Jewish artifacts once illegally confiscated by the Nazis during World War II and believed to be lost forever have been found and seized by the Department of Homeland Security Investigations, according to the Justice Department.
Seventeen artifacts – including funeral scrolls, communal registers, and other manuscripts, from Jewish communities in Romania, Hungary, Ukraine, and Slovakia – were found in a Brooklyn auction house where they were found. was selling, according to a statement from the Justice Department. The auction house, Kestenbaum and Company, cooperated with authorities, according to an affidavit.
The scrolls and manuscripts found date from the mid-19th century until World War II and were recovered from Jewish communities during the Holocaust. According to the statement, three additional artifacts are believed to be in Israel and upstate New York.
“The manuscripts and manuscripts that were illegally confiscated during the Holocaust contain invaluable historical information that belongs to the descendants of families who lived and prospered in Jewish communities before the Holocaust,” said Jacquelyn Kasulis, acting U.S. lawyer for the Holocaust. eastern district of New York. “This Office hopes that today’s seizure will help restore pre-Holocaust history in Eastern Europe.”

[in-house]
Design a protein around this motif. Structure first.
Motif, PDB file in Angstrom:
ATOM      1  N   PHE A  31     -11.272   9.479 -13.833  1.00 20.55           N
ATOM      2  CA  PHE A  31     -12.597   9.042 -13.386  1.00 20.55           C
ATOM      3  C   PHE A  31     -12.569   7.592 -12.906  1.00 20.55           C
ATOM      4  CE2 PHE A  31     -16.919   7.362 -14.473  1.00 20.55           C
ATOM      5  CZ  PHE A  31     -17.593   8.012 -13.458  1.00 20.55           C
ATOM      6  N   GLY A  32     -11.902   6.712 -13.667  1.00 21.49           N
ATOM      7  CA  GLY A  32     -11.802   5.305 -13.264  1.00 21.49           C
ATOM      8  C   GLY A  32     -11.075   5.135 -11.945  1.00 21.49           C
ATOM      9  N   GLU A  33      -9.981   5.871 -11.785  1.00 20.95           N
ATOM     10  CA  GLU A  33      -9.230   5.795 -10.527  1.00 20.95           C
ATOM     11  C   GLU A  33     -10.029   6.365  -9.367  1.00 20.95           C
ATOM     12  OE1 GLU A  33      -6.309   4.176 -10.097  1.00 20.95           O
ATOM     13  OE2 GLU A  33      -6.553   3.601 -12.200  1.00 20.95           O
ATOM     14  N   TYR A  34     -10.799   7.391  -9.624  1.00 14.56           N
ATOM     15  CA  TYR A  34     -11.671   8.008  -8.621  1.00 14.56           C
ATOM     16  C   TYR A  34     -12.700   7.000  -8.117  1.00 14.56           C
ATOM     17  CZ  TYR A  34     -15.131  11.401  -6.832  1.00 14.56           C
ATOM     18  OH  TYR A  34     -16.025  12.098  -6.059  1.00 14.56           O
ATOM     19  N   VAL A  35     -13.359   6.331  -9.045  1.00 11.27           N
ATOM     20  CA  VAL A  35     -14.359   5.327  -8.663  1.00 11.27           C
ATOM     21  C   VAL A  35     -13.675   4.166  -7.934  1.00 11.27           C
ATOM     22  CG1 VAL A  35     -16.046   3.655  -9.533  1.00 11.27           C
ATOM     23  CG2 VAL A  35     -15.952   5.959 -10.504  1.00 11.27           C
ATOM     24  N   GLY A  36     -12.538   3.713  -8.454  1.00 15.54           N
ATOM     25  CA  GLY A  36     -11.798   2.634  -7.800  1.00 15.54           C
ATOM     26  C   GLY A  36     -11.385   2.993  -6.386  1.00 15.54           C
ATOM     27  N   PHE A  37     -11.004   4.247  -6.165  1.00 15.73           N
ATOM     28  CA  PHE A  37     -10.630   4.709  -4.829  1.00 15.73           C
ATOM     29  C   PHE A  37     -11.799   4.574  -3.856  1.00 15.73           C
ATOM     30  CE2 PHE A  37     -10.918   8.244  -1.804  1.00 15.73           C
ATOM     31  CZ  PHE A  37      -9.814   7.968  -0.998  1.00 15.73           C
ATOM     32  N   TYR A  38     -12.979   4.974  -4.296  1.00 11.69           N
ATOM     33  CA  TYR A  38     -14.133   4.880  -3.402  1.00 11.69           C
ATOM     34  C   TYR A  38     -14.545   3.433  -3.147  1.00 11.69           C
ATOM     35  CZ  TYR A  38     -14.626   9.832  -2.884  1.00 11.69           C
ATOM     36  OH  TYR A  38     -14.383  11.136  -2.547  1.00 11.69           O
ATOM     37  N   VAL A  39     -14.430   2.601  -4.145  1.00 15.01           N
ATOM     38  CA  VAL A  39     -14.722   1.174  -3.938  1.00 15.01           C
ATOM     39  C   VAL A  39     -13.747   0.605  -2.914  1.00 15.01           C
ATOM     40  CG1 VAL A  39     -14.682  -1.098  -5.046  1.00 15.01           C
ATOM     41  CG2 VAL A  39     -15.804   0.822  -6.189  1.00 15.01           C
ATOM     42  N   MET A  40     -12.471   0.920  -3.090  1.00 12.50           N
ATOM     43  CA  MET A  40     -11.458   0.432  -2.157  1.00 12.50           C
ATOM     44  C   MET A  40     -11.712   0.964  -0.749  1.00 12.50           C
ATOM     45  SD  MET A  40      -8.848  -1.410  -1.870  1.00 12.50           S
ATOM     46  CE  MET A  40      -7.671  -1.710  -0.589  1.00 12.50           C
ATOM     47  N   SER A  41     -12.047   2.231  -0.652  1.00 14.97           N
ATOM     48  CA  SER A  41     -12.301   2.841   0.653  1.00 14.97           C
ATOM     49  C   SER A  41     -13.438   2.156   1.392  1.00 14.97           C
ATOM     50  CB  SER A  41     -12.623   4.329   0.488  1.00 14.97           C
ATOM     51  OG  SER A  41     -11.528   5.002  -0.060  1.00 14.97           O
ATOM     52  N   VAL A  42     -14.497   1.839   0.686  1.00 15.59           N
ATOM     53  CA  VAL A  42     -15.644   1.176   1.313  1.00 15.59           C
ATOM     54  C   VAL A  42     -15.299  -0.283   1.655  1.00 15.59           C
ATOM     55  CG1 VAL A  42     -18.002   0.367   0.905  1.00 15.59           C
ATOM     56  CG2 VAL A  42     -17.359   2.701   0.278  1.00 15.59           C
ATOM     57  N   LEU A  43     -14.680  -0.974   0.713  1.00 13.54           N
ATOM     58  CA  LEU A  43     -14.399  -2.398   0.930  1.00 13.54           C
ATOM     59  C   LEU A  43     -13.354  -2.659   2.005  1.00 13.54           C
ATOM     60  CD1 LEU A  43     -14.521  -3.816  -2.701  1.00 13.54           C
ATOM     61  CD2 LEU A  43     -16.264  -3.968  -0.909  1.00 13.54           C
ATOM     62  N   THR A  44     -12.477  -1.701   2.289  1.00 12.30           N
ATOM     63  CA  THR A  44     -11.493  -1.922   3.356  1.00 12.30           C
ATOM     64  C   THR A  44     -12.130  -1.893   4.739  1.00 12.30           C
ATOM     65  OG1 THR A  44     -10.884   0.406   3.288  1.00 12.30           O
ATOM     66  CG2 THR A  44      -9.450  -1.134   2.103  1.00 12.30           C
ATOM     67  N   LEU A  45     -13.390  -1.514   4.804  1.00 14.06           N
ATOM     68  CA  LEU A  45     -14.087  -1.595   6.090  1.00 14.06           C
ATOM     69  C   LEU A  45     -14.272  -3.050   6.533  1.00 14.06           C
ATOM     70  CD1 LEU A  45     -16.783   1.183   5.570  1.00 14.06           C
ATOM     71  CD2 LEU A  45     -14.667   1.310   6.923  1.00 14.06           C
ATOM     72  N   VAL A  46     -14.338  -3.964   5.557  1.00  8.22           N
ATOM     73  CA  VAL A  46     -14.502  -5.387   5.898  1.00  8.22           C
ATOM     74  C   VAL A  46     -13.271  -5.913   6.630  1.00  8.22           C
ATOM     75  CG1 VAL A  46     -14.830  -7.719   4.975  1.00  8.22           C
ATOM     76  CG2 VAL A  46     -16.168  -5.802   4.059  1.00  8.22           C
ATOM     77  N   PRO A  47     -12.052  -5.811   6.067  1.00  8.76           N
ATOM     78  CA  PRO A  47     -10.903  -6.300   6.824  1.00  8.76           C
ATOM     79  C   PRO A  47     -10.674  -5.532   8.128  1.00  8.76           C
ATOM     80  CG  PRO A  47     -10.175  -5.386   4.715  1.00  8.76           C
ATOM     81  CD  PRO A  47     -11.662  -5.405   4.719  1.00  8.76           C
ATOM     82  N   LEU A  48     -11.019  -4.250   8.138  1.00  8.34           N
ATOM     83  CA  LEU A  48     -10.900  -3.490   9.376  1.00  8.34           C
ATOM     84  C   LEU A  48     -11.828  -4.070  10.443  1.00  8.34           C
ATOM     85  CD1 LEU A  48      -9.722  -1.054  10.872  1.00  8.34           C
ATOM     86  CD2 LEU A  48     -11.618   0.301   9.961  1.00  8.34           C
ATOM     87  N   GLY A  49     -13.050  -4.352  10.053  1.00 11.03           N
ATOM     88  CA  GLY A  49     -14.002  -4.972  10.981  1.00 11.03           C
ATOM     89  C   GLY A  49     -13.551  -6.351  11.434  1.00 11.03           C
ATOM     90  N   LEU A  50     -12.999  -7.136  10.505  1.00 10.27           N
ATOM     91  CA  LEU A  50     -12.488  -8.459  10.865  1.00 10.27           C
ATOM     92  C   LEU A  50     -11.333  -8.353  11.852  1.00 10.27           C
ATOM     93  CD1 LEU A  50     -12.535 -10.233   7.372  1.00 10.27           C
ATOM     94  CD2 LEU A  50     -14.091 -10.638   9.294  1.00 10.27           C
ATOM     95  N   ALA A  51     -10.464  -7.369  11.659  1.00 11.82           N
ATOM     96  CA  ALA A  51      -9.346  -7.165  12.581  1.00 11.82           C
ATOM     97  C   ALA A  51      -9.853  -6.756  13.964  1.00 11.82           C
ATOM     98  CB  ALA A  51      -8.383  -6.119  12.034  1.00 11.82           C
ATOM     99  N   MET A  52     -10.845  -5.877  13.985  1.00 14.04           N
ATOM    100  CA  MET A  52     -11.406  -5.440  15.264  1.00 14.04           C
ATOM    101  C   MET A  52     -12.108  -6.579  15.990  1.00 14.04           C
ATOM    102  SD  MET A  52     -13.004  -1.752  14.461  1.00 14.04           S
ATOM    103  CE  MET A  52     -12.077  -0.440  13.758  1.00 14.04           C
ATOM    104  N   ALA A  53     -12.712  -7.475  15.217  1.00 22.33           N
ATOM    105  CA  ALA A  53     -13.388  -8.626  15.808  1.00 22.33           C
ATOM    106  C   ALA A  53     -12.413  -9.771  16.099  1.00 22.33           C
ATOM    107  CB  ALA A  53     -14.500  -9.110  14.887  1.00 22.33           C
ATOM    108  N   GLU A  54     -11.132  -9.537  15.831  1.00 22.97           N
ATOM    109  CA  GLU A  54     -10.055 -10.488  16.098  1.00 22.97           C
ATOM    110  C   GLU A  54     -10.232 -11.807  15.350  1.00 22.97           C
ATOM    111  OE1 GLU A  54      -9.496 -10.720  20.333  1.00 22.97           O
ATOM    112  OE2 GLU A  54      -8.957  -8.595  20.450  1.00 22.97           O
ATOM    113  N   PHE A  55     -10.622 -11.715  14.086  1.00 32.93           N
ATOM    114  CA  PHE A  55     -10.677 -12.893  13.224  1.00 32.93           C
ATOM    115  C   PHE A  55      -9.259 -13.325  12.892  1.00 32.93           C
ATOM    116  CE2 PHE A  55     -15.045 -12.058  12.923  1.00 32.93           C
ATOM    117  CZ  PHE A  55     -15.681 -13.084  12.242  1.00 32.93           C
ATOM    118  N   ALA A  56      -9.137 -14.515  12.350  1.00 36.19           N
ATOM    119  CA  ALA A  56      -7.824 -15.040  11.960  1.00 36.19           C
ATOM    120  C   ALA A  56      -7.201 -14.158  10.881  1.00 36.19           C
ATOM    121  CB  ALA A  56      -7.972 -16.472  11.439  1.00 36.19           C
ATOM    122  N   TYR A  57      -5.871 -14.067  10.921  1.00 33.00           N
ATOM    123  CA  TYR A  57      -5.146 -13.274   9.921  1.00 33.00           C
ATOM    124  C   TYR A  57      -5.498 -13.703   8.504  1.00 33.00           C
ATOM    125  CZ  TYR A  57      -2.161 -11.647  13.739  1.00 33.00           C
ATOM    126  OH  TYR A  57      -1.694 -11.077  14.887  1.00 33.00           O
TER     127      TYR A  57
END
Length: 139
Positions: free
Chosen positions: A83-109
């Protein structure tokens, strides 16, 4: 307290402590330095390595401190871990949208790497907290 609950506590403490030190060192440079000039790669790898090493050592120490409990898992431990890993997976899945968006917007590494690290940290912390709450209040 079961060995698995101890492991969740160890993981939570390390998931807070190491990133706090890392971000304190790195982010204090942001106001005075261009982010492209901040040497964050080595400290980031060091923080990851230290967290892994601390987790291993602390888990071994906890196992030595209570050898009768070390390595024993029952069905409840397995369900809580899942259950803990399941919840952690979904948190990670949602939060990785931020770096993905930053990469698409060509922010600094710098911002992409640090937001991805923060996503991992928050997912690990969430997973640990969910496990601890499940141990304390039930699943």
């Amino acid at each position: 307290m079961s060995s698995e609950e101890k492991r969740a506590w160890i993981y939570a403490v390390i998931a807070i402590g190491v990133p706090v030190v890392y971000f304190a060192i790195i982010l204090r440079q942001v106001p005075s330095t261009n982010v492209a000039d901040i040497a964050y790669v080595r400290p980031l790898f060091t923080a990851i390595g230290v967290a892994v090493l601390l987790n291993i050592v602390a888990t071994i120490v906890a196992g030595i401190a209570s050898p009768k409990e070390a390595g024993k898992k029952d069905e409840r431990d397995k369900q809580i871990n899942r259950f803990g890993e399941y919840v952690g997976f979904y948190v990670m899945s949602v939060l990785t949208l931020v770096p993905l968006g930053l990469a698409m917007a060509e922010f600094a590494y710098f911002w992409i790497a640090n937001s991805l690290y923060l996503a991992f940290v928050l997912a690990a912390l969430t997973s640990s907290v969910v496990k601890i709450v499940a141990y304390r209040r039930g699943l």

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Law enforcement officials learned that the auction house was selling manuscripts from Jewish communities whose members were “rounded up in ghettos, dispossessed of their property and deported to Nazi death camps, where the majority of them were killed, “the statement said.
After World War II, surviving community members returned “to find their homes ransacked and buildings emptied of their belongings,” the statement said. Among the stolen items were scrolls and manuscripts containing information about Jewish communities from 1840 until the Holocaust.
Under the 1947 Paris Peace Treaty, all unclaimed Jewish property was to be returned to surviving communities, according to the affidavit.
“The manuscripts and manuscripts were confiscated by individuals who were prohibited from doing so during and after the Holocaust,” the statement said.
The manuscripts contained prayers for the dead, commemorative pages, the names of deceased members of the community, the bylaws of the society, the names of religious leaders and, in some cases, the names of members of the community who were taken away. at the Auschwitz concentration camp.
“We are fortunate to be part of the team that is able to return these artifacts to their legitimate Jewish communities,” Peter Fitzhugh, a special agent for Homeland Security Investigations, said in the statement. “… (We) will continue to bring justice to the individuals and transnational criminal organizations that profit from the trafficking of these cultural treasures.”
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